Following the successful North Korean ICBM test earlier in the week, the US has announced its intention to carry out a new test of their THAAD missile defense system, an attempt to shoot down an IRBM simulating an attack around the THAADs in Alaska.
The US is eager to make a show of being able to intercept North Korean missiles, but such tests are risky, as the missile defense systems are in practice pretty unreliable, and even in the optimum conditions provided by the tests, often fail, which would be a particularly public embarrassment.
The US has a number of THAADs deployed in Alaska, and two set up in South Korea. North Korea’s ICBM has a theoretical range to Alaska, based on estimates from the test. The Pentagon has repeatedly played up their ability to shoot down an attacking North Korean missile.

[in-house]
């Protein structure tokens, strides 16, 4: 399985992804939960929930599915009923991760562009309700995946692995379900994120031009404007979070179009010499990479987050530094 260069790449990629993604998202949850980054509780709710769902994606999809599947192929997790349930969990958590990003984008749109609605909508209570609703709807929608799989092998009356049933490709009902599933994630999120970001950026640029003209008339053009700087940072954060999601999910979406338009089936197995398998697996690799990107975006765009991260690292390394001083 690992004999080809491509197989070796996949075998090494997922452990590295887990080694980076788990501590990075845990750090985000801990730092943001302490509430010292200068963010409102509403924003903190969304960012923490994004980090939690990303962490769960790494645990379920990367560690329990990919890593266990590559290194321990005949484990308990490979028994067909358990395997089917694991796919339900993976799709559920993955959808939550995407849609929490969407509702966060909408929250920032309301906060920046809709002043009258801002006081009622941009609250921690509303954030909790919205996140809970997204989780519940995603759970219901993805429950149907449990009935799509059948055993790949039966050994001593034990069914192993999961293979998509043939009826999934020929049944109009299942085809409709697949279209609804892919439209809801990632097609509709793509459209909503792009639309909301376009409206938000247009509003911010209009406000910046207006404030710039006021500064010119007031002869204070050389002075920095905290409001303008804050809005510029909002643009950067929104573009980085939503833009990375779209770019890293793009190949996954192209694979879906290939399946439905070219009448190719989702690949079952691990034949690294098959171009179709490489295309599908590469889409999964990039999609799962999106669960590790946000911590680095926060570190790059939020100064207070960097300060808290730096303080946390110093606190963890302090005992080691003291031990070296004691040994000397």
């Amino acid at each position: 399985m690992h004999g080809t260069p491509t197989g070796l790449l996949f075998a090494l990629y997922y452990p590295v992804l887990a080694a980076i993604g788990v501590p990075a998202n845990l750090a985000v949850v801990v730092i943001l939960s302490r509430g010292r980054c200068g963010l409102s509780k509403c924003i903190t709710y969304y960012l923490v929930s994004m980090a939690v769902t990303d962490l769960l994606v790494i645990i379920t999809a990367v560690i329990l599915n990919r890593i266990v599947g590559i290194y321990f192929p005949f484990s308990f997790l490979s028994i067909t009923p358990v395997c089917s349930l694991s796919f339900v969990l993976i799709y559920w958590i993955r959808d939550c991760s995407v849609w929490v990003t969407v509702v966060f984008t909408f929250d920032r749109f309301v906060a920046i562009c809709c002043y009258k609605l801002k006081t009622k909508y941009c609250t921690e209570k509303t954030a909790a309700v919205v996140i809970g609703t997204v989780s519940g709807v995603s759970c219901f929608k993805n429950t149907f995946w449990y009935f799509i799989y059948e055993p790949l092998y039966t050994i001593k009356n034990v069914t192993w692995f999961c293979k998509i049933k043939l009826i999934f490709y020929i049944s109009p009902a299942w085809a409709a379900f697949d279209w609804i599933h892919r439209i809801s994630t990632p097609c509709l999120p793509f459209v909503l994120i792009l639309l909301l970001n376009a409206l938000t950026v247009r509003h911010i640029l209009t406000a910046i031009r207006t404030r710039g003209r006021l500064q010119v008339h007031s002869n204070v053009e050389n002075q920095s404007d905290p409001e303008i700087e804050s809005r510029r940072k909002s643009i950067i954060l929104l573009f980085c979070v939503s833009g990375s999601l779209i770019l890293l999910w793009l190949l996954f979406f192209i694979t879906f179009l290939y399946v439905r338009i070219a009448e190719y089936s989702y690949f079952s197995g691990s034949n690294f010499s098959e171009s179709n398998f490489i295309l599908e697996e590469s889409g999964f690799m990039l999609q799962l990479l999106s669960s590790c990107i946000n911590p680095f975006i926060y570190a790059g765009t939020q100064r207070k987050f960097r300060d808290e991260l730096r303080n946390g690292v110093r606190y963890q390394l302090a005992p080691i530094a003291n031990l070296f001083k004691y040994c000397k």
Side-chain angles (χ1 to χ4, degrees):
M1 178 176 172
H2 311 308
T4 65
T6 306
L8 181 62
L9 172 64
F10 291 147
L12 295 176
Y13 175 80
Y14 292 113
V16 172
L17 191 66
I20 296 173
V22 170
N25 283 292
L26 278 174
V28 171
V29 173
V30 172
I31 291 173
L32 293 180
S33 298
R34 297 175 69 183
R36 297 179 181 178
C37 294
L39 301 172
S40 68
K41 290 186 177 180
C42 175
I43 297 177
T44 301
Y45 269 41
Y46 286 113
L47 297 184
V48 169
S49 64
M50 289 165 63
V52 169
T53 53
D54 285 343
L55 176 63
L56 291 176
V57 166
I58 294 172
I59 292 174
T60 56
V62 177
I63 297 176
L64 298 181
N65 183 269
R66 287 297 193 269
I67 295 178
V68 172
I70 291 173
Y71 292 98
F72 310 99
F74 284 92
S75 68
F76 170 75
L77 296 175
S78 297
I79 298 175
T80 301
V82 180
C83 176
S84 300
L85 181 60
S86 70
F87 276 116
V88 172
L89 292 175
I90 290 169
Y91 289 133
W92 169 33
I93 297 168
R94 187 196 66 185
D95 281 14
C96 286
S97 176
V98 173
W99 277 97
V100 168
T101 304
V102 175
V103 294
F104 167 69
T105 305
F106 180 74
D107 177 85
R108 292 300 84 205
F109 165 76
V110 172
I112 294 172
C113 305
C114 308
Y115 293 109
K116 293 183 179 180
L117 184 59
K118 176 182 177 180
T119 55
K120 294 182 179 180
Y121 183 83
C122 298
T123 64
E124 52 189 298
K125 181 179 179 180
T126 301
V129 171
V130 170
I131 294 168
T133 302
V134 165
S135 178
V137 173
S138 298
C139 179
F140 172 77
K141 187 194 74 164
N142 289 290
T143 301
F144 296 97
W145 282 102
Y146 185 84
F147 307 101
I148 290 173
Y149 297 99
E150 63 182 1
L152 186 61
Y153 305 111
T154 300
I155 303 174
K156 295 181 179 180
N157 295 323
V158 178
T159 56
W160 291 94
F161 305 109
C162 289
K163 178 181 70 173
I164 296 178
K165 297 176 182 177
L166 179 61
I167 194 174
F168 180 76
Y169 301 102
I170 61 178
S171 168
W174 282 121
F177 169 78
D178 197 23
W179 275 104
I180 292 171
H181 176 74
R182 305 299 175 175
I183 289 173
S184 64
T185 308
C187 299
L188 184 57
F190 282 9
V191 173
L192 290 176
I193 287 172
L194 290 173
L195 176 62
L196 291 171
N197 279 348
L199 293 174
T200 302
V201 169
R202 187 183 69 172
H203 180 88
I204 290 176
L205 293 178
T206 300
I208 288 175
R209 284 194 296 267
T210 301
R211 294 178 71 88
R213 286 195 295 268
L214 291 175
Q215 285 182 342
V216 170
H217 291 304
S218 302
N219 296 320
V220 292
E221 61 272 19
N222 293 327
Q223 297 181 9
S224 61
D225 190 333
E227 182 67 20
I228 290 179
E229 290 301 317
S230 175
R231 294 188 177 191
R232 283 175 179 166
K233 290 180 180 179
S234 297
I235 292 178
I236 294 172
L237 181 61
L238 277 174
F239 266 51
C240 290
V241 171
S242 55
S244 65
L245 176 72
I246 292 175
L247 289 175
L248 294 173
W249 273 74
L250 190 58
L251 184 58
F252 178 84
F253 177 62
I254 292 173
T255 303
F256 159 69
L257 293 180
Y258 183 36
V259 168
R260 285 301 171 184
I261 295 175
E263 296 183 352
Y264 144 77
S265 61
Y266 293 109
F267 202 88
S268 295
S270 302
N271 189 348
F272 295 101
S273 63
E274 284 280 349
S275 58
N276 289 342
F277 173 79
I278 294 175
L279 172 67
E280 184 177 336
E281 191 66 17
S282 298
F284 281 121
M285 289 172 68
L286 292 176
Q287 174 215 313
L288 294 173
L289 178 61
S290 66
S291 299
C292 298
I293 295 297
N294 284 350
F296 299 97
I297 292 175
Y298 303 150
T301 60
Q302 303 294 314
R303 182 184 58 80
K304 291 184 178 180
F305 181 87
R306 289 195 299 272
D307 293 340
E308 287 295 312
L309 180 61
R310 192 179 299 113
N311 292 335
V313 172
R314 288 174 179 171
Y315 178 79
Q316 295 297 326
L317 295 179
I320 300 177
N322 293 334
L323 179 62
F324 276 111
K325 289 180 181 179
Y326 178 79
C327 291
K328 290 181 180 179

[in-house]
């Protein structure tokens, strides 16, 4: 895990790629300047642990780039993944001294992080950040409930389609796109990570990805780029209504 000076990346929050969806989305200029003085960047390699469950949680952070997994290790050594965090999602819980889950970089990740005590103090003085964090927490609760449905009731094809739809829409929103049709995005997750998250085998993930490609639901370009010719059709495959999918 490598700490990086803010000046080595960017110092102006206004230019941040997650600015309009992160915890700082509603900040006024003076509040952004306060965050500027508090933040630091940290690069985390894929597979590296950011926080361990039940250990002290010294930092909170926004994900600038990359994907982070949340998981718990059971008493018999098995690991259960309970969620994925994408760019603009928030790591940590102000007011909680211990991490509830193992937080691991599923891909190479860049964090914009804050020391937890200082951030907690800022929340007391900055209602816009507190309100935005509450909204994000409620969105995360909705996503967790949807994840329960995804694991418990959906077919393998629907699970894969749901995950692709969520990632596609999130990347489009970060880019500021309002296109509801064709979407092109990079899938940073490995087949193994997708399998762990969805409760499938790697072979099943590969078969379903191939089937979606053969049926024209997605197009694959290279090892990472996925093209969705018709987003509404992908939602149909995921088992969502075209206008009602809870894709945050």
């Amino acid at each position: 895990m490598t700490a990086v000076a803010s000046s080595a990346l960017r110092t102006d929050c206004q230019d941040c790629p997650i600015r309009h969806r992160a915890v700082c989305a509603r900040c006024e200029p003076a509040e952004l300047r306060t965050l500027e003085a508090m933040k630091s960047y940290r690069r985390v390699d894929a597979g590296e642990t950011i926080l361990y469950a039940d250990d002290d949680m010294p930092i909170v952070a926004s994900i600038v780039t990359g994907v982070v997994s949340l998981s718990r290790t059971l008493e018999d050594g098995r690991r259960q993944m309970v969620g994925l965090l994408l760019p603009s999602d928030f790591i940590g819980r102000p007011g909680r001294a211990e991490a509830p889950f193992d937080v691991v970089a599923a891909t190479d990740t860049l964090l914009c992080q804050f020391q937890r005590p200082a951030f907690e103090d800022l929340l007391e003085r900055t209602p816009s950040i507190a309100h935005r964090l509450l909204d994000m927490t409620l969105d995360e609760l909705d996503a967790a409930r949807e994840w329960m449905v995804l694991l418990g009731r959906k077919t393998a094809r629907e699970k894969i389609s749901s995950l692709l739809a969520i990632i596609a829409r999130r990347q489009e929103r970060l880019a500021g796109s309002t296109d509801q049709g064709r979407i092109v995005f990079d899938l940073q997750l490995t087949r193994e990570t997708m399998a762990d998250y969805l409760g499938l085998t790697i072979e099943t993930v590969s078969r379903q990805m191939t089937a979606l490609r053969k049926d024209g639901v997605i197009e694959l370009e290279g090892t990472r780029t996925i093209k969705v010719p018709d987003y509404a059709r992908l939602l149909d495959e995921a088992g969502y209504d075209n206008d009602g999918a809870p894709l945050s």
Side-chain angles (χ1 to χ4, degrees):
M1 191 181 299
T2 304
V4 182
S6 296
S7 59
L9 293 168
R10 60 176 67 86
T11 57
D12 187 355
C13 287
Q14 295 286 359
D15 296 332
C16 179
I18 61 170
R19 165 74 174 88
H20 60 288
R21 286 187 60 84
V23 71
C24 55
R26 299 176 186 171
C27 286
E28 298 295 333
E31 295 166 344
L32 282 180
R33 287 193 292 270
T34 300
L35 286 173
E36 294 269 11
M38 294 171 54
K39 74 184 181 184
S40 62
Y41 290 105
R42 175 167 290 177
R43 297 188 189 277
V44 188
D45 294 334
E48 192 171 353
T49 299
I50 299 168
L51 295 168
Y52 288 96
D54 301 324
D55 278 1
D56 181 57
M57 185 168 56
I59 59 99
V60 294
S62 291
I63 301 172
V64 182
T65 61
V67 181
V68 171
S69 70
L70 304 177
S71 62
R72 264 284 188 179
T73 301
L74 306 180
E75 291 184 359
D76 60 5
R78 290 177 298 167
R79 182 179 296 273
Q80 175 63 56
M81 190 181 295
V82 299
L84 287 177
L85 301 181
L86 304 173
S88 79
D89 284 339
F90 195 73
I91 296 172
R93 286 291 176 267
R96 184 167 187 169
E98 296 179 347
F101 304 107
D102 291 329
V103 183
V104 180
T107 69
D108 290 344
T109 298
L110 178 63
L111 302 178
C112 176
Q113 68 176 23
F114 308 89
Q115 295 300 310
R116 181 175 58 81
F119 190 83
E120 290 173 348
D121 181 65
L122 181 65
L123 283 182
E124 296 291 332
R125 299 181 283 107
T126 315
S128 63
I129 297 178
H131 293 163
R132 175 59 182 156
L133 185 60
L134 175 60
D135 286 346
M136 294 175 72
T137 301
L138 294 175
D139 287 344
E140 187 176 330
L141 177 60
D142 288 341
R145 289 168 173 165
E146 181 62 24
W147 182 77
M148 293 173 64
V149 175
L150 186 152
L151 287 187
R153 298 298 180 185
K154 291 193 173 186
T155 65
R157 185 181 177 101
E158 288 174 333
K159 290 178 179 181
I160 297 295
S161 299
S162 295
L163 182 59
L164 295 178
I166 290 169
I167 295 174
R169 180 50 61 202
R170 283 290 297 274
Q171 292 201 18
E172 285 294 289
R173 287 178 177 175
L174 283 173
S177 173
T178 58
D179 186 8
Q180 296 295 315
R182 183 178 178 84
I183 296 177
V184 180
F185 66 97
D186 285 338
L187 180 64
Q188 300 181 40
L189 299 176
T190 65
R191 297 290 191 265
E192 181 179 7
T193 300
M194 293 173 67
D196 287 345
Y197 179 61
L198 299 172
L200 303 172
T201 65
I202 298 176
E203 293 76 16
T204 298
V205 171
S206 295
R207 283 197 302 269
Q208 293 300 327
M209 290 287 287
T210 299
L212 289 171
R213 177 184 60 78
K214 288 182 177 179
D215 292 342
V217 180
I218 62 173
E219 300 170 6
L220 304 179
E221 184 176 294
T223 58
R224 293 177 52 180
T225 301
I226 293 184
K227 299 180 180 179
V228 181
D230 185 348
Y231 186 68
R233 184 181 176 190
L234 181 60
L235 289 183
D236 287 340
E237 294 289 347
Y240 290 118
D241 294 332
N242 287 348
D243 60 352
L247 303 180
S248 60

Yet in practice, the tests have shown very mixed results, with the most recent US missile defense test by the Navy failing to shoot down a missile launched by the same ship that had the interceptors on board. Even with perfect details and telemetry about the missile, high-speed interception is a tricky business, and most experts agree that in a real world situation the success rate would plummet.
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